I really like Helicon Focus software but their written tutorial (not a third-party tutorial) not only mentions a Parameters tab but displays a screenshot of it. I have the latest version of their software and there is no Parameters tab. I wonder how long ago it was removed.Their response was HORRIBLY unsatisfying because all the documentation related to interfacing with Capture One was referencing Capture One V12...only make a purchase after they update their docs referencing Capture One v20.
Usually the closest point that you want in focus (or a bit in front (closer) of it if you can.
If you position yourself at 90 degrees to camera and subject you should be able to see the portion of the subject which is closest to the lens. That is where I would focus (and maybe pull back a little from there).Ok, need some advice. Seems I have missed the initial thread on how-to-shoot image stack. This is a set of 20 with an interval of 1. Where would you recommend focusing first? Bottom of the image, top of a petal? Thanks
Turn on focus peaking and manually adjust distance of your camera to your subject with focus set to as nearest. Once you see the first part of hour subject show any peaking, back the camera up a tiny bit and start your stack from there. You want to start from the closest point of your subject to the camera (with a little breathing room). Verify you can focus on the entire subject by manually focusing. Once you have set your starting point and know you can successfully focus on the entire image then change your settings to what they need to be and start your stack.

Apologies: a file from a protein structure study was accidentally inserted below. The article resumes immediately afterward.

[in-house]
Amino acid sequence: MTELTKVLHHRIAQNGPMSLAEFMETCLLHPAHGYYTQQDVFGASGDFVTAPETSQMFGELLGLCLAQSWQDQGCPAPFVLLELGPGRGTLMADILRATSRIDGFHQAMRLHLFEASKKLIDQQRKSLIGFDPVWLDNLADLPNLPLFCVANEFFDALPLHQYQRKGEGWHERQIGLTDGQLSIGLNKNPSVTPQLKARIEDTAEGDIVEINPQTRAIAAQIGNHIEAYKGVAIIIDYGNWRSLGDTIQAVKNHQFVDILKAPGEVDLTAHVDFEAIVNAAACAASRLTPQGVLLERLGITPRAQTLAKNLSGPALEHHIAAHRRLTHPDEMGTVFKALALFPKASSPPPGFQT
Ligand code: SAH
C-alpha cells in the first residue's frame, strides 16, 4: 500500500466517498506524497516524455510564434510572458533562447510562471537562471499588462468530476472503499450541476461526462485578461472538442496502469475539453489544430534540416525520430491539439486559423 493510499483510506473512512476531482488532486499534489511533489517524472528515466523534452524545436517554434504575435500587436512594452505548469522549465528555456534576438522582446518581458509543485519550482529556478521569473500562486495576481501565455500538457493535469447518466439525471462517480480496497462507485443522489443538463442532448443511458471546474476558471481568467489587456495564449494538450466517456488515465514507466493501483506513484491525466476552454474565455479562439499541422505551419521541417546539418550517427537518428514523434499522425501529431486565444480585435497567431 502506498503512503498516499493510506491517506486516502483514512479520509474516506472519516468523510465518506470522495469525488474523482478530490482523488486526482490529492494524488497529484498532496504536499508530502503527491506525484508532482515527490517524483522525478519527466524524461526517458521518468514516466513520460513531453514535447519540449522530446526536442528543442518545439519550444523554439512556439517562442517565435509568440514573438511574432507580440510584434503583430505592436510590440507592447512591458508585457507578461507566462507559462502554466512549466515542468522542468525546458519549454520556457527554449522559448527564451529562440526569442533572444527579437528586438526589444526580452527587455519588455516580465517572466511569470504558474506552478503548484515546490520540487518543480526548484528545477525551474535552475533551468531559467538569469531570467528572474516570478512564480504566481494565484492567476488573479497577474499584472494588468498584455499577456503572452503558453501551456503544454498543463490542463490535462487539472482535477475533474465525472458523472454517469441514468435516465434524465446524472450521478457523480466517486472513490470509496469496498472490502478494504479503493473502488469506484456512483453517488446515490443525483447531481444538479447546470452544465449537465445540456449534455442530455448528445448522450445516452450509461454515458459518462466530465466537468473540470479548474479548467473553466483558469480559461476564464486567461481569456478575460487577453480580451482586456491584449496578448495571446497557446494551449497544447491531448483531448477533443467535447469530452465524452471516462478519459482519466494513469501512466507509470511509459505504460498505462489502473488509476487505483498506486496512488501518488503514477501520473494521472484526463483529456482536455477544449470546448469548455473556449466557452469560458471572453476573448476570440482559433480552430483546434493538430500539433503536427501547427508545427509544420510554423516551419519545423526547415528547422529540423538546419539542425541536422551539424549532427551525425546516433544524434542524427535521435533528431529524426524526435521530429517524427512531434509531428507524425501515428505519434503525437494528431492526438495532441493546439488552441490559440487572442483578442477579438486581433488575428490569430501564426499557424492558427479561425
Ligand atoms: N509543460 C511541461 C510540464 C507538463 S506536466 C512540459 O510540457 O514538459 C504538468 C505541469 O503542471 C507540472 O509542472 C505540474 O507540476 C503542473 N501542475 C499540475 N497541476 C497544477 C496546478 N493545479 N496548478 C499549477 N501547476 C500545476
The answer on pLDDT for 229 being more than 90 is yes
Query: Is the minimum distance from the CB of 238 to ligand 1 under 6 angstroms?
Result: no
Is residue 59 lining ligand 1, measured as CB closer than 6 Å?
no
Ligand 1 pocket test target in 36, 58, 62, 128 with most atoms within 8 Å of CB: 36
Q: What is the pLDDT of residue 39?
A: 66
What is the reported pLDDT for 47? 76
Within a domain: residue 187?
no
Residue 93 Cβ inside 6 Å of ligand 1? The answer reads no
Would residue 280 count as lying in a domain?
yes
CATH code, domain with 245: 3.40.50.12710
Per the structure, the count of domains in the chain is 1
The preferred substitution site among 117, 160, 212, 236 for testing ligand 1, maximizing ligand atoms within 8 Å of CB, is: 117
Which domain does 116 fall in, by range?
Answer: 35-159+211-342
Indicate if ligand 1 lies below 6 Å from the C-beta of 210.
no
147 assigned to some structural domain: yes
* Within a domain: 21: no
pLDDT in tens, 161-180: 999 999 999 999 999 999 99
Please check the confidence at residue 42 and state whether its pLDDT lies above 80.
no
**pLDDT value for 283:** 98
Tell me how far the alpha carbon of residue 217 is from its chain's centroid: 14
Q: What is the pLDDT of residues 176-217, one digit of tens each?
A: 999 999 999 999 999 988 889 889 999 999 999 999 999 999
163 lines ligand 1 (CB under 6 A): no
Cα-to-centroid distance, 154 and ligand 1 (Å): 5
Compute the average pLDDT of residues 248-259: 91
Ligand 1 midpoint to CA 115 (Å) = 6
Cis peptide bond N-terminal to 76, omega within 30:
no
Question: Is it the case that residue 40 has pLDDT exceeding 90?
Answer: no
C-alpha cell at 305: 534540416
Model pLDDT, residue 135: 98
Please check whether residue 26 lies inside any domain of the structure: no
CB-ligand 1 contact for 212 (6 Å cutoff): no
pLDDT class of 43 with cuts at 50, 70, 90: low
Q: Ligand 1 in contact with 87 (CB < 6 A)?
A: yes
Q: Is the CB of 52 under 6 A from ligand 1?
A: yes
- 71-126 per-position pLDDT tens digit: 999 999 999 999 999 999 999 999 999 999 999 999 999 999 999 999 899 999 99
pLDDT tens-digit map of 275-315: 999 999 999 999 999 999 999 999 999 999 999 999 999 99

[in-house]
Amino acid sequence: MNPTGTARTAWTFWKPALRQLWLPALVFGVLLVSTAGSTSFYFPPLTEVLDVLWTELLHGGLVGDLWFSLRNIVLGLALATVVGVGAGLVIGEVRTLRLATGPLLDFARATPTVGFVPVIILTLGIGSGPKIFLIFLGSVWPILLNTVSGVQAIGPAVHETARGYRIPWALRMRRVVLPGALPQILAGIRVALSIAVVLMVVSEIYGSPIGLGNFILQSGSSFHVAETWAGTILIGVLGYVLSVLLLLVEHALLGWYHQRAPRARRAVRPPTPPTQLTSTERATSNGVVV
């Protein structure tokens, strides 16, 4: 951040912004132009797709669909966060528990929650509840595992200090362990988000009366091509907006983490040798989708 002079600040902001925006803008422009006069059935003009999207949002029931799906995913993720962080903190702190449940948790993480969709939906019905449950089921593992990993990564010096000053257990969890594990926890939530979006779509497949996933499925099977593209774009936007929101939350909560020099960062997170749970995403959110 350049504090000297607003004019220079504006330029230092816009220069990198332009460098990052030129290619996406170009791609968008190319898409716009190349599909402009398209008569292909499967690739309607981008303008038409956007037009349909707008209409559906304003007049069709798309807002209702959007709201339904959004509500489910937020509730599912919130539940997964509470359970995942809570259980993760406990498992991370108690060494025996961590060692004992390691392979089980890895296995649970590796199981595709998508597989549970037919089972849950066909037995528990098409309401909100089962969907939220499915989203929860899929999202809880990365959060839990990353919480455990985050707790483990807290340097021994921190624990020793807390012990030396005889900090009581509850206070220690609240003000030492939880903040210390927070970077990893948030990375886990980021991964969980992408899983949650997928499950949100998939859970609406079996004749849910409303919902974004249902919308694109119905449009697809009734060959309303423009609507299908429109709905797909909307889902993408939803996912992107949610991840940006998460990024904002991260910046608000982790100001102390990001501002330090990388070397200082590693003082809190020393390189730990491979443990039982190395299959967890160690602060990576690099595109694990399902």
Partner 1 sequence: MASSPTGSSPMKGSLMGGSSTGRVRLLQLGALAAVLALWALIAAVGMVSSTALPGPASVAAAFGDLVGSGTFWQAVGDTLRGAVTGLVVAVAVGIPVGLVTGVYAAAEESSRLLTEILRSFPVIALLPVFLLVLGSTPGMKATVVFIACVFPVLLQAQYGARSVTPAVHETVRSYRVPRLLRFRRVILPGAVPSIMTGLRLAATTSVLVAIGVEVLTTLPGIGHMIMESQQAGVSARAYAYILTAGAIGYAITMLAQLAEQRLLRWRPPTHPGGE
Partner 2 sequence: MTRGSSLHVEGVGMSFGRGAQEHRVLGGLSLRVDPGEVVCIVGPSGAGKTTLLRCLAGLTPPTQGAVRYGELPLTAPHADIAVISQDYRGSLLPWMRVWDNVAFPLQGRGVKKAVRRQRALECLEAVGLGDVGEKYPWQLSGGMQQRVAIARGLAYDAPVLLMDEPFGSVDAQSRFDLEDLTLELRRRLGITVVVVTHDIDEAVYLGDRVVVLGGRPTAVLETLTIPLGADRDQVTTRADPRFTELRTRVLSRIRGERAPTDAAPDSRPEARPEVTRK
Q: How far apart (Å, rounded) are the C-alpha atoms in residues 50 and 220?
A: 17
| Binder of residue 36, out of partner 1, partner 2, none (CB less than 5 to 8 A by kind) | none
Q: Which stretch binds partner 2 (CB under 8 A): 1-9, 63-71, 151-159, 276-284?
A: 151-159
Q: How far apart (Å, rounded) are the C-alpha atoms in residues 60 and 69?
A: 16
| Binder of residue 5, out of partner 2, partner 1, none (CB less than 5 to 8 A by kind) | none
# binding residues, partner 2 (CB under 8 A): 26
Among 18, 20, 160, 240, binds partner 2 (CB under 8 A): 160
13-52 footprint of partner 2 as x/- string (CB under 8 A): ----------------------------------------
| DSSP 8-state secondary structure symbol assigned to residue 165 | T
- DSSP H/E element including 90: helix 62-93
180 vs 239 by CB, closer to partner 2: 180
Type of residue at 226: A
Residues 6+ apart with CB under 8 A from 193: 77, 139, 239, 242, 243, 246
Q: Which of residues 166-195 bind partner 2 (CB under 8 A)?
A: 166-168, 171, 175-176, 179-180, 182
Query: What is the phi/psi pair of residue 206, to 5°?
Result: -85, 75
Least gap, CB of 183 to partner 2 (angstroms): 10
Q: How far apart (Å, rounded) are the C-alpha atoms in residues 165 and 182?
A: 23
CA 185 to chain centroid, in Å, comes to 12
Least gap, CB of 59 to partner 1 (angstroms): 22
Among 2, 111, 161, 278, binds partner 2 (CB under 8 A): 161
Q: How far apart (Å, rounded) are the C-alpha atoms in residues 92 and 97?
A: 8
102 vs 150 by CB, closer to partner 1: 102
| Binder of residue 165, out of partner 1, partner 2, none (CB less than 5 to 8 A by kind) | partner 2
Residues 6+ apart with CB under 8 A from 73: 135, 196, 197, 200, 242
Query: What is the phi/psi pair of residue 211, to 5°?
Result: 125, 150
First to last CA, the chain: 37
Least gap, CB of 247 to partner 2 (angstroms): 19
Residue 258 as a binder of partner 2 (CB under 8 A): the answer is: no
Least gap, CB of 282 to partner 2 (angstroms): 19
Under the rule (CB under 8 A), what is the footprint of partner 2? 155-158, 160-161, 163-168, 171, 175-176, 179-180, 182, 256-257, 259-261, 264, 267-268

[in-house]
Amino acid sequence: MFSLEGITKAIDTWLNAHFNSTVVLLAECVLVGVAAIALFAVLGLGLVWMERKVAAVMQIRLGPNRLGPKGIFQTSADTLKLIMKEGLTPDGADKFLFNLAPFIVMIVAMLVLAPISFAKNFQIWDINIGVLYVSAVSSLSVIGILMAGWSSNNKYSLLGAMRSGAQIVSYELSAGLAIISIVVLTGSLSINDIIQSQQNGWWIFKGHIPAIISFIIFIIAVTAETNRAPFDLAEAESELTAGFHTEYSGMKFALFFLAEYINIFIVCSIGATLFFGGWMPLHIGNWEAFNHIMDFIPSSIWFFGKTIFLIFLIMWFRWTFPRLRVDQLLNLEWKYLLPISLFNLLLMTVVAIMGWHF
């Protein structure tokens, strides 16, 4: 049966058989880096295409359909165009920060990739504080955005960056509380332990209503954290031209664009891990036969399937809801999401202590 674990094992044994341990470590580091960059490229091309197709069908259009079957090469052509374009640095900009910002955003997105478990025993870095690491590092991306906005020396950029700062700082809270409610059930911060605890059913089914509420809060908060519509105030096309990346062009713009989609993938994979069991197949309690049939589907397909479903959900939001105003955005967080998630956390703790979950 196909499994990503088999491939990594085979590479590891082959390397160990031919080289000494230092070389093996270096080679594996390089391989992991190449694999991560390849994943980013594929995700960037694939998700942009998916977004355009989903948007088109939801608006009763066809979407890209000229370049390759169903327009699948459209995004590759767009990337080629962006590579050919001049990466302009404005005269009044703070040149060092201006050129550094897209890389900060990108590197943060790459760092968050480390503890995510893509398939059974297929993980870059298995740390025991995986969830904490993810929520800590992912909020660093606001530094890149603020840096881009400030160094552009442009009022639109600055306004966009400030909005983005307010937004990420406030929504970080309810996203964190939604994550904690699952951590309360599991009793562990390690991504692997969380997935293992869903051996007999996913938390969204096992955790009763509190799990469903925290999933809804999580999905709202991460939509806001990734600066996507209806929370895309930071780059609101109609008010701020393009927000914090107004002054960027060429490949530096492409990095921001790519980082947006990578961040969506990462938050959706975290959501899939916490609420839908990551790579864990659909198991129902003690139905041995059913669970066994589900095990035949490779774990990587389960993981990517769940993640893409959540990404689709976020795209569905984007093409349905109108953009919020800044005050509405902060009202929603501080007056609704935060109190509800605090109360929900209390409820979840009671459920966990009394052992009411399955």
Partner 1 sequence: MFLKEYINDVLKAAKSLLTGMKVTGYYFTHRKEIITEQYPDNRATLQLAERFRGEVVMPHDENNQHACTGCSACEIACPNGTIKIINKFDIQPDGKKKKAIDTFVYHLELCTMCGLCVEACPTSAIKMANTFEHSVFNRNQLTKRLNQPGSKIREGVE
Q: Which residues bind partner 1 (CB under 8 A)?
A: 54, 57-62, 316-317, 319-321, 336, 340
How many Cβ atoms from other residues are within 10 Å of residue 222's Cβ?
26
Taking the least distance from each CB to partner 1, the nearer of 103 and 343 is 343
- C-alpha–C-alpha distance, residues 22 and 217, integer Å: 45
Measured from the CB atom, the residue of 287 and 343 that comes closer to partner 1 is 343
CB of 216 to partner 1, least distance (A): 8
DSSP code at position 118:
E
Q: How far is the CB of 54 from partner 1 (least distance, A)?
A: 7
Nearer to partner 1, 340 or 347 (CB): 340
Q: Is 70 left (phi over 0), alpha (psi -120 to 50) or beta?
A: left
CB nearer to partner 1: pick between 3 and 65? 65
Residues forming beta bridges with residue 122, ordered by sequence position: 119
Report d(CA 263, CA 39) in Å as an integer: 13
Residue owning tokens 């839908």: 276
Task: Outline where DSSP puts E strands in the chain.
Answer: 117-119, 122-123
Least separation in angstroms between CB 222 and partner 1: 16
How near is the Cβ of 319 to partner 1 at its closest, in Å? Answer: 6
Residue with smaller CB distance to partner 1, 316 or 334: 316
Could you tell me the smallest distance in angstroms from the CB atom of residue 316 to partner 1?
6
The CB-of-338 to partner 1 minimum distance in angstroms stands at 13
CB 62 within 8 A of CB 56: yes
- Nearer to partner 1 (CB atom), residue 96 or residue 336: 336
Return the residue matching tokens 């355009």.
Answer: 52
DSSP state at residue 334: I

I think the point you identified is the closest focal distance. However, to Nick's point, it might not be, which would be a good reason to do as he suggests and focus forward of it when capturing the images.Where would you recommend focusing first? Bottom of the image, top of a petal?
You're right that anyone should be able to determine that. However, I often can't determine it and realize my determination was wrong only after seeing each of the focus-bracketed images.If you position yourself at 90 degrees to camera and subject you should be able to see the portion of the subject which is closest to the lens.
Great advice if the camera has that. Many don't.Turn on focus peaking
Presumably, you were using a tripod? So why ISO 800? Try 50 - 75 at Step Width = 2 and f5.6-f8. With the Z6, when it has finished VERY CAREFULLY check the last image by pressing review. You should be able to see if you need more. WITHOUT re-focusing set it up for another 25-50 images and it will continue from where it stopped. This is where back button focusing comes in handy - unless you touch that it will not re-focus. It will create a new folder so you will have to combine the two folders............This process is going to create a lot of shutter count increases!
Tried 50 and re-focusing out a bit, but seems it did not go deep enough into the rose. f/4 on 24-70 Z6. 1/50 at 800 iso. I use PS - new to me process of image stack script. Nothing fancy but will check out Helicon.